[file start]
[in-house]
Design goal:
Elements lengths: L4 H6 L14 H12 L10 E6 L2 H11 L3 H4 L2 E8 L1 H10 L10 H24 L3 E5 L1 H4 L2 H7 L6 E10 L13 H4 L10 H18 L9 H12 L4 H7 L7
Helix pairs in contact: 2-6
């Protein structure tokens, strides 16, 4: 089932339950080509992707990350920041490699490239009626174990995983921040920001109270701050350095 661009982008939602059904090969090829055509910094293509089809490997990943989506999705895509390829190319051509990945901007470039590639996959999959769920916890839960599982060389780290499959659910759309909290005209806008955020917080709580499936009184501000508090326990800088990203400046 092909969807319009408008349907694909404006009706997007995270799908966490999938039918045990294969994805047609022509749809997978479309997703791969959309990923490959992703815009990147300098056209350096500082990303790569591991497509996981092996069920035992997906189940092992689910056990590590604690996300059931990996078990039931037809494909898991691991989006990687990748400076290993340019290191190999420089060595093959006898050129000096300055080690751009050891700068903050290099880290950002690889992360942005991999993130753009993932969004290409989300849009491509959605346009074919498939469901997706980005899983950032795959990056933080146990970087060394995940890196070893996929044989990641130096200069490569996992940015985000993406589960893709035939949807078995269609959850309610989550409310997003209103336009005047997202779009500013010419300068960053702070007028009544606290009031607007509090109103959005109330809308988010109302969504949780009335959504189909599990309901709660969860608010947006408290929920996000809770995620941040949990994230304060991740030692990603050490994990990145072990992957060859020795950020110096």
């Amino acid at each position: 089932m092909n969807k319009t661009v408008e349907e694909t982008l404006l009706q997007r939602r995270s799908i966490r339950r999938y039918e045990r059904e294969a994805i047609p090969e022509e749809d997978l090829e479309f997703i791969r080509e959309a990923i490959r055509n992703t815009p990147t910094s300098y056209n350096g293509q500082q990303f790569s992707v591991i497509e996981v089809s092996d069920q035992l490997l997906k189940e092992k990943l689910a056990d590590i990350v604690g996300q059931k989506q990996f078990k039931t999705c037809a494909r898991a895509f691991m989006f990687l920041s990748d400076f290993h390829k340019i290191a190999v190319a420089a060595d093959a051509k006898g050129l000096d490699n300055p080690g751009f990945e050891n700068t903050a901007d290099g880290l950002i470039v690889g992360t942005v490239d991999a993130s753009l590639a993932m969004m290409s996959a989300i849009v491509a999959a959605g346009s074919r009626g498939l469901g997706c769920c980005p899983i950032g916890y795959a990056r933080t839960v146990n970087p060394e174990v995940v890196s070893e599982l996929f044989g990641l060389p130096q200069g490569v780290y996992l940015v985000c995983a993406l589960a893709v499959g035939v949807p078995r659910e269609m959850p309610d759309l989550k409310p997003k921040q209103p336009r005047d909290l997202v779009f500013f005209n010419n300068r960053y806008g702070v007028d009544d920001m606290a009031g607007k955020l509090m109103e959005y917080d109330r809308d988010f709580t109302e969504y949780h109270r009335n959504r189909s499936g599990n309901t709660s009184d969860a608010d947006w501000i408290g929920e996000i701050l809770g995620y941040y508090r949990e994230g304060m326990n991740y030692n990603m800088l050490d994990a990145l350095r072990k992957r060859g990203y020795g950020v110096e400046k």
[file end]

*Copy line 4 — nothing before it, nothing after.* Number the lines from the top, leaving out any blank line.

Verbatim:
Helix pairs in contact: 2-6